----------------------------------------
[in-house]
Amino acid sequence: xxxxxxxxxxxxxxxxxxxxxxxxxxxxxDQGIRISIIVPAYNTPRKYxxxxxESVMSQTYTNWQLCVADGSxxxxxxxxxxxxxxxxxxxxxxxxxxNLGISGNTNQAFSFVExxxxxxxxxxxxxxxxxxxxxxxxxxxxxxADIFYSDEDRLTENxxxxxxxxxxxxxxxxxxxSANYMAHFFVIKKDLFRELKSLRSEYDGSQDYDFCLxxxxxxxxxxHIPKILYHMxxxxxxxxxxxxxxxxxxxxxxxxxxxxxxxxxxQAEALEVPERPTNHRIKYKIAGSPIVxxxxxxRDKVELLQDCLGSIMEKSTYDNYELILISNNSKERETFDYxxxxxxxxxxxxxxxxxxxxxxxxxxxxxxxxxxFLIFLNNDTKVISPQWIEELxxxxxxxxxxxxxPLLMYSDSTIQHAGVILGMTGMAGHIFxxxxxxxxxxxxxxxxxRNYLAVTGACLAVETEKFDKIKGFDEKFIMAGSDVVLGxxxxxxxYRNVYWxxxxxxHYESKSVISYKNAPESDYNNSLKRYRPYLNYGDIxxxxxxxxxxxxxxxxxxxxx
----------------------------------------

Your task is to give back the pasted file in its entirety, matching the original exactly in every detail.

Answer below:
[in-house]
Amino acid sequence: xxxxxxxxxxxxxxxxxxxxxxxxxxxxxDQGIRISIIVPAYNTPRKYxxxxxESVMSQTYTNWQLCVADGSxxxxxxxxxxxxxxxxxxxxxxxxxxNLGISGNTNQAFSFVExxxxxxxxxxxxxxxxxxxxxxxxxxxxxxADIFYSDEDRLTENxxxxxxxxxxxxxxxxxxxSANYMAHFFVIKKDLFRELKSLRSEYDGSQDYDFCLxxxxxxxxxxHIPKILYHMxxxxxxxxxxxxxxxxxxxxxxxxxxxxxxxxxxQAEALEVPERPTNHRIKYKIAGSPIVxxxxxxRDKVELLQDCLGSIMEKSTYDNYELILISNNSKERETFDYxxxxxxxxxxxxxxxxxxxxxxxxxxxxxxxxxxFLIFLNNDTKVISPQWIEELxxxxxxxxxxxxxPLLMYSDSTIQHAGVILGMTGMAGHIFxxxxxxxxxxxxxxxxxRNYLAVTGACLAVETEKFDKIKGFDEKFIMAGSDVVLGxxxxxxxYRNVYWxxxxxxHYESKSVISYKNAPESDYNNSLKRYRPYLNYGDIxxxxxxxxxxxxxxxxxxxxx